Patty Schellbach. (M.Div., MA, Doctoral Candidate)
#11 Patty Schellbach on 2006-01-23 19:40
There is a potential for a loss of tax-exempt status of the OCA, however I think that option unlikely in this case. Given the numbers of uninvolved ("innocent") participants in the Church, I suspect the IRS would most likely go after individuals involved.
I cannot speak to the legality/illegality of the actions involved. In other cases of churches, and individuals within churches, accused of criminal behavior, prosecutors have been reluctant to prosecute. Civil lawsuits have been the norm, and I don't believe anyone would benefit from civil litigation.
The comments of your CPA friend are accurate. I would say, though, that rather than reporting to an audit firm, the structure would be to have an independent CPA, reporting directly to the Metropolitan Council and the hierarchs doing the financial leadership in Syosett. There are standards that will need to be brought into play to ensure integrity and transparency of reporting. Those standards would then be audited annually by the independent audit firm. "Independent" is defined by the American Institute of CPAs Code of Ethics.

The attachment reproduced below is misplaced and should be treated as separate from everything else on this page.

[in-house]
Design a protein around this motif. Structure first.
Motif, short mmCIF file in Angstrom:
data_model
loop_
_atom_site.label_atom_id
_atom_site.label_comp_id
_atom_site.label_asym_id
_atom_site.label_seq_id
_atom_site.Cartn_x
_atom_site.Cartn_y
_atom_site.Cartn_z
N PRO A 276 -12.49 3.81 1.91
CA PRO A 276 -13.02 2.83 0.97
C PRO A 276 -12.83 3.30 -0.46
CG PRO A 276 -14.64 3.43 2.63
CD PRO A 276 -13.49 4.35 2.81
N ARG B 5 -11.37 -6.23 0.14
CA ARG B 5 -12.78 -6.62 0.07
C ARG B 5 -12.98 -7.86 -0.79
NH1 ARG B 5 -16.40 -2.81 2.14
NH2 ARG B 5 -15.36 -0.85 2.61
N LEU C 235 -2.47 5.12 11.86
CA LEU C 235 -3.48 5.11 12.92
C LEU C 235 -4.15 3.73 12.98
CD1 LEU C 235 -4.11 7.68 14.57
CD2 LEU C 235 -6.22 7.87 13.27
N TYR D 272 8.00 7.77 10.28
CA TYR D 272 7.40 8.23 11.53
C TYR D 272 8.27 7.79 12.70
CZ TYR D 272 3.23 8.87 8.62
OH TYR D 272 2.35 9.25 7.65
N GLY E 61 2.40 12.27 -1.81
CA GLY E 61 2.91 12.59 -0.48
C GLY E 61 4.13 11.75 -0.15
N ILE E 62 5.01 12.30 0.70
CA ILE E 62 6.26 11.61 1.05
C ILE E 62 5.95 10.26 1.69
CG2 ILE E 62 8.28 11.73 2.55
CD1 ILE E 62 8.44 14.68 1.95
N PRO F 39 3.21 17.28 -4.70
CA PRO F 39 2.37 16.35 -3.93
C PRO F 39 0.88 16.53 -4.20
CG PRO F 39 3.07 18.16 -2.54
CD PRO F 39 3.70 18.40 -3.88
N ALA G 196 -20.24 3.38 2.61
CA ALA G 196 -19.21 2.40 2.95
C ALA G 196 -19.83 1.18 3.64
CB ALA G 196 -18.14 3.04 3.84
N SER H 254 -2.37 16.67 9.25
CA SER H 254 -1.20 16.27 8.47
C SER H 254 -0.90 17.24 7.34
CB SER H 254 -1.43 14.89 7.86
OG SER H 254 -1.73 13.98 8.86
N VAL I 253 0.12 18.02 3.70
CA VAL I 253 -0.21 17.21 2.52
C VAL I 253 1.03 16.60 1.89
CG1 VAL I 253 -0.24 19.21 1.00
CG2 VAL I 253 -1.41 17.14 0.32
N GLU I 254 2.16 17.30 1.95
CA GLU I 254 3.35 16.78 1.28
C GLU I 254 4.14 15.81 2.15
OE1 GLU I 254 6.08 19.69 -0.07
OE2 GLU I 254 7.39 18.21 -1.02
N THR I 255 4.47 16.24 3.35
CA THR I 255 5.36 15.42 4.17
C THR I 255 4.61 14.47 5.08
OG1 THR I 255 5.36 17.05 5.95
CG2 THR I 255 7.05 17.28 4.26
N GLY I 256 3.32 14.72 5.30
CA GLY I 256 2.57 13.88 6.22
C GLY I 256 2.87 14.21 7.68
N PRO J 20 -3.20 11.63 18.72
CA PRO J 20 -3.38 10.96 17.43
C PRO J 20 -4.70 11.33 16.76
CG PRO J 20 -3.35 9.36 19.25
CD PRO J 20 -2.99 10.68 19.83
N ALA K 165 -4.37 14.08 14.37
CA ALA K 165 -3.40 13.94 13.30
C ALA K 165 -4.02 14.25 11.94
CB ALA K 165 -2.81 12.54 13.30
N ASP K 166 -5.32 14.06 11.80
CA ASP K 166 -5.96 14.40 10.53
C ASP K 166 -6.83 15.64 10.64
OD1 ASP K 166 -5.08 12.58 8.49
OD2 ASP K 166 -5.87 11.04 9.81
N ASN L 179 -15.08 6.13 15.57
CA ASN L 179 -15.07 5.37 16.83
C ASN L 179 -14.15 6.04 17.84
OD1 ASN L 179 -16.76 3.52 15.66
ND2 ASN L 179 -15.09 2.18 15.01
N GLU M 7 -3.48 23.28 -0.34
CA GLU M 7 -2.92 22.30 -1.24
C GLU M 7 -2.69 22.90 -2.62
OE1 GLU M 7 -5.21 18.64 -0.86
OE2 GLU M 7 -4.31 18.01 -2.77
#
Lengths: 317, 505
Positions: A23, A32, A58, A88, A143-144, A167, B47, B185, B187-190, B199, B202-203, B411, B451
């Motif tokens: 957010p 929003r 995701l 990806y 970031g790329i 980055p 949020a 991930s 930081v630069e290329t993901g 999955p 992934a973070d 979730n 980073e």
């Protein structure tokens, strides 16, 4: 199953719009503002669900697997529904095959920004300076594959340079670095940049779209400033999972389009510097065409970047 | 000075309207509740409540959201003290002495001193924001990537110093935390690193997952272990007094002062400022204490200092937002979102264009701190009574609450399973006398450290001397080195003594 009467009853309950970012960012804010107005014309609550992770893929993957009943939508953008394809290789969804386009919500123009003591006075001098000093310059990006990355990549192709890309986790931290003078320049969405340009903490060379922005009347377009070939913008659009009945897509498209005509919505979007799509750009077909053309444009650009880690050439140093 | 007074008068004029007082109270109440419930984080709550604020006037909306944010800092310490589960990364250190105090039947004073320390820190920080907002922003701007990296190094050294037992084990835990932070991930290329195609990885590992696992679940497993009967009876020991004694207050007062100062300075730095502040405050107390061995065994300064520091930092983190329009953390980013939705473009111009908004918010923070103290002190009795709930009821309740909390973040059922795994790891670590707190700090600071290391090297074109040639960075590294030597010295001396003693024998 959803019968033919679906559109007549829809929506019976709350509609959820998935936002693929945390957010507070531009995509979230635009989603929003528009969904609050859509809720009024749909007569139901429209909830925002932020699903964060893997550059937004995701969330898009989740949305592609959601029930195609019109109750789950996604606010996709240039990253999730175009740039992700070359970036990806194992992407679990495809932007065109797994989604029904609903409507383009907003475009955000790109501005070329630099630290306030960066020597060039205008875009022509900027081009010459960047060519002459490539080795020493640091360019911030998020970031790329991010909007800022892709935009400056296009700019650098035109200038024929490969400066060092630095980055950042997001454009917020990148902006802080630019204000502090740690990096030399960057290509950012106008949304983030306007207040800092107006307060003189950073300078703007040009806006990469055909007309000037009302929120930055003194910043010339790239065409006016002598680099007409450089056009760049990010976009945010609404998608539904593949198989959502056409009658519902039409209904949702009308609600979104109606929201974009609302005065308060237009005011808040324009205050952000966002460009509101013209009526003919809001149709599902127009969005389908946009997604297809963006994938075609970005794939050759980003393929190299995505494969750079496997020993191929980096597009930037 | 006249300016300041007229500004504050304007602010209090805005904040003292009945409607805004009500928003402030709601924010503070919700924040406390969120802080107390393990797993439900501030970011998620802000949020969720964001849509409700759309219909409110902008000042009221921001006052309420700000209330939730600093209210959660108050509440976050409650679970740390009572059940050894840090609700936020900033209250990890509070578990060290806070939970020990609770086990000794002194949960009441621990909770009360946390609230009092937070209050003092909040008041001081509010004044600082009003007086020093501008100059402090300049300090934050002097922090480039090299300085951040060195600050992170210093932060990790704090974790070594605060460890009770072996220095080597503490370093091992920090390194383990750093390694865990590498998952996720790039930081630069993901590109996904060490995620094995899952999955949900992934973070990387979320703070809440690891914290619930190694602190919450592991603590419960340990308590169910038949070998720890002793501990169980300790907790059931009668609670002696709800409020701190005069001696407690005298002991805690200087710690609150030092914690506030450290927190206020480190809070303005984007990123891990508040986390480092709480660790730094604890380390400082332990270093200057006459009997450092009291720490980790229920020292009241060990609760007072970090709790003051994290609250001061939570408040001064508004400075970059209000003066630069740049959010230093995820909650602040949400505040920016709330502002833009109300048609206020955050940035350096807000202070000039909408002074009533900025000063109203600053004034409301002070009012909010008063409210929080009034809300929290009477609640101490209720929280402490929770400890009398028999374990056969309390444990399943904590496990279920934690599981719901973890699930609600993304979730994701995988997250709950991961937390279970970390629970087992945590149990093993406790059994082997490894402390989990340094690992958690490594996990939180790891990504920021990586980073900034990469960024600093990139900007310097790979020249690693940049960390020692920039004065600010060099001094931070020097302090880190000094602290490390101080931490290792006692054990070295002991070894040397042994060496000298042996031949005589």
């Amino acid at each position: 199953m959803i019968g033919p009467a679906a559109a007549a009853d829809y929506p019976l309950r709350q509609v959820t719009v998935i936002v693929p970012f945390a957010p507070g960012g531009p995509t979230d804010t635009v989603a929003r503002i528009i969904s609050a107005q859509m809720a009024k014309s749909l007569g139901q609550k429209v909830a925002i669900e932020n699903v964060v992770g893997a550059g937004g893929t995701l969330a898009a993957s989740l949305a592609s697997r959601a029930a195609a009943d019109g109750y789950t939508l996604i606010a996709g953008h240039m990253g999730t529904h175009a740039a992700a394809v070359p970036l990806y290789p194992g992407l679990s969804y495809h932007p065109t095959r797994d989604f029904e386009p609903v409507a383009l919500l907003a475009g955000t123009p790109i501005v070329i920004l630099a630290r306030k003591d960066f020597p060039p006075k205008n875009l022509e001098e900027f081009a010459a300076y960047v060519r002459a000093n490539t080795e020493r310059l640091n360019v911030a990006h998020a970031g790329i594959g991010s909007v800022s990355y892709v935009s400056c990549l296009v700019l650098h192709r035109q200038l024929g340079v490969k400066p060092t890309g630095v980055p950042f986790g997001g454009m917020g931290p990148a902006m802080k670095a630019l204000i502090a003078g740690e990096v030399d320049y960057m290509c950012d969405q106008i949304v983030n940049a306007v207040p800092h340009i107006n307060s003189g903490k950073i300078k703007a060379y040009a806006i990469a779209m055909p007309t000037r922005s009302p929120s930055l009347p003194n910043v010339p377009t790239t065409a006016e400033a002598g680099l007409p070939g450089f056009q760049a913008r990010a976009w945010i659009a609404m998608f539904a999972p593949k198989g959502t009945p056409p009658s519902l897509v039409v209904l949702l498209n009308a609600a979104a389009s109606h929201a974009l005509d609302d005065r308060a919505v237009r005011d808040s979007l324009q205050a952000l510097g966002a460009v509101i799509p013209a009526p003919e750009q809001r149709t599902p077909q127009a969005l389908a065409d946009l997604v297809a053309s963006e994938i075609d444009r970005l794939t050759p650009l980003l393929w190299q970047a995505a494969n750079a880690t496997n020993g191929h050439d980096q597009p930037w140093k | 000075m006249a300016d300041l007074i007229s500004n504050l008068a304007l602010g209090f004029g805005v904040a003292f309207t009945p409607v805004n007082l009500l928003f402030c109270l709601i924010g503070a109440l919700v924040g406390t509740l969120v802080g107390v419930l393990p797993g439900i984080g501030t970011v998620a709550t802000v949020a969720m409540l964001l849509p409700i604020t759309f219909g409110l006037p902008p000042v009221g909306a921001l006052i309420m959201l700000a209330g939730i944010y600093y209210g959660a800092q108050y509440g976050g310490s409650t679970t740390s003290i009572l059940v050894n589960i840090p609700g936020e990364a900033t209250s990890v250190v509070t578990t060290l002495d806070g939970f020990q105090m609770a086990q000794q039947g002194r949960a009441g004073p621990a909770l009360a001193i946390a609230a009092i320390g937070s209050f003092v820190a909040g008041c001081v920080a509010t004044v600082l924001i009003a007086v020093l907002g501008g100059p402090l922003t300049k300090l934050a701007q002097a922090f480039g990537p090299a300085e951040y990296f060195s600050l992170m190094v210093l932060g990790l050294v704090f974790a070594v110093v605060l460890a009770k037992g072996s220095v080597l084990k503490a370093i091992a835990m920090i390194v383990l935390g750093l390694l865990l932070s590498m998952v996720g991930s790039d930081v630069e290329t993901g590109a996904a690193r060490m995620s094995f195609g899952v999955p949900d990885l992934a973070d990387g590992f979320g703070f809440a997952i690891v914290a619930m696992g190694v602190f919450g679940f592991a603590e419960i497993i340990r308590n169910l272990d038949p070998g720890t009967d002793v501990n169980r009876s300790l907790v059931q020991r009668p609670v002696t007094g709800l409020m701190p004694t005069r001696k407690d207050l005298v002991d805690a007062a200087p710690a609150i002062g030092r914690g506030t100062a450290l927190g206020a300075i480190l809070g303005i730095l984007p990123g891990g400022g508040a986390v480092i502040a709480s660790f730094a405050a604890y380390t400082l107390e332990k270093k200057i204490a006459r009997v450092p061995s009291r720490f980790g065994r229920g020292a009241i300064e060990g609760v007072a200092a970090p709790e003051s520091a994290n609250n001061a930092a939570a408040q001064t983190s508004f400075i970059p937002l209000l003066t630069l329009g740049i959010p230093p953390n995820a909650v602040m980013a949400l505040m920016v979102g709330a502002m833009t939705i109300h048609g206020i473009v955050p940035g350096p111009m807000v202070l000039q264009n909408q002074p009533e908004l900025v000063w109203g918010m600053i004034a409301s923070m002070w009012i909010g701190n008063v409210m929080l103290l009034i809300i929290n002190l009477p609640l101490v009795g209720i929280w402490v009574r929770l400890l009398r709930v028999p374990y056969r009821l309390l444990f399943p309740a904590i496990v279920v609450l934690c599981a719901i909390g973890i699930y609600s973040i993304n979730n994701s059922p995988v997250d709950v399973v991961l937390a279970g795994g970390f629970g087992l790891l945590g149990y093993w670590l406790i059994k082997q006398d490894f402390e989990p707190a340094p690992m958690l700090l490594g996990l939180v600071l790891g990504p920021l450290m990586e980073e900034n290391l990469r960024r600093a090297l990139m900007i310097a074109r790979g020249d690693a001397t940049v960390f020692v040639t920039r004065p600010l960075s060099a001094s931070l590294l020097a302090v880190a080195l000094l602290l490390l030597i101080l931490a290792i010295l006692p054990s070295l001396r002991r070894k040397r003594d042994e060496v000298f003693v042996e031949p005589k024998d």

On some level, you have to have some body/person involved in oversight and responsibility for the administration of the Church. A properly constituted and informed Metropolitan Council, confirmed at All American Council (or diocesean councils, as appropriate) should be that authority. The authority of the Metropolitan, indeed any Bishop, exists in matters of doctrine and faith, and then only in Synod with brother bishops. The Metropolitan Council should alleviate the responsibility the Metropolitan feels to properly administer the Church.